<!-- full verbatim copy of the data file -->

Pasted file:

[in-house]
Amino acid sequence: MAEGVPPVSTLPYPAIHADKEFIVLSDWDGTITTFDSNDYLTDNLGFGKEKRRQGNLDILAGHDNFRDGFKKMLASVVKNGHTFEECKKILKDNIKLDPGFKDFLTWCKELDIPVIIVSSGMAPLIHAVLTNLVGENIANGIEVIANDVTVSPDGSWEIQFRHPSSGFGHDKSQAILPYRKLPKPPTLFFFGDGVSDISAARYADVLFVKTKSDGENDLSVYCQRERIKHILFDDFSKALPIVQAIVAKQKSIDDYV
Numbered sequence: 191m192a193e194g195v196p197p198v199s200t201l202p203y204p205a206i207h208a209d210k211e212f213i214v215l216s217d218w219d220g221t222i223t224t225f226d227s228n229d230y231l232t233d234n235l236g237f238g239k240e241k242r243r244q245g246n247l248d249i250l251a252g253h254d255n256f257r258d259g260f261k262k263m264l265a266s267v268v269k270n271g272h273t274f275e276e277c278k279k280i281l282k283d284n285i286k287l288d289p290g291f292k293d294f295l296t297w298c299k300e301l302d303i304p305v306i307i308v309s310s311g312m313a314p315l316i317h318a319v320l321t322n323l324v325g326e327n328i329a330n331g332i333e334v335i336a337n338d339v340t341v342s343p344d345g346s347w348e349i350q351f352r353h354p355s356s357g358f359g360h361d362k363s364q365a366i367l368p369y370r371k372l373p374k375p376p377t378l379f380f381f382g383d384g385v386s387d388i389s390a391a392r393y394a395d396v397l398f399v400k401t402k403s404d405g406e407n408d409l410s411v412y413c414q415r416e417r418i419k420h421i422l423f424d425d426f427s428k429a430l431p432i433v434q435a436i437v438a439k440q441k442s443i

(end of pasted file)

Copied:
[in-house]
Amino acid sequence: MAEGVPPVSTLPYPAIHADKEFIVLSDWDGTITTFDSNDYLTDNLGFGKEKRRQGNLDILAGHDNFRDGFKKMLASVVKNGHTFEECKKILKDNIKLDPGFKDFLTWCKELDIPVIIVSSGMAPLIHAVLTNLVGENIANGIEVIANDVTVSPDGSWEIQFRHPSSGFGHDKSQAILPYRKLPKPPTLFFFGDGVSDISAARYADVLFVKTKSDGENDLSVYCQRERIKHILFDDFSKALPIVQAIVAKQKSIDDYV
Numbered sequence: 191m192a193e194g195v196p197p198v199s200t201l202p203y204p205a206i207h208a209d210k211e212f213i214v215l216s217d218w219d220g221t222i223t224t225f226d227s228n229d230y231l232t233d234n235l236g237f238g239k240e241k242r243r244q245g246n247l248d249i250l251a252g253h254d255n256f257r258d259g260f261k262k263m264l265a266s267v268v269k270n271g272h273t274f275e276e277c278k279k280i281l282k283d284n285i286k287l288d289p290g291f292k293d294f295l296t297w298c299k300e301l302d303i304p305v306i307i308v309s310s311g312m313a314p315l316i317h318a319v320l321t322n323l324v325g326e327n328i329a330n331g332i333e334v335i336a337n338d339v340t341v342s343p344d345g346s347w348e349i350q351f352r353h354p355s356s357g358f359g360h361d362k363s364q365a366i367l368p369y370r371k372l373p374k375p376p377t378l379f380f381f382g383d384g385v386s387d388i389s390a391a392r393y394a395d396v397l398f399v400k401t402k403s404d405g406e407n408d409l410s411v412y413c414q415r416e417r418i419k420h421i422l423f424d425d426f427s428k429a430l431p432i433v434q435a436i437v438a439k440q441k442s443i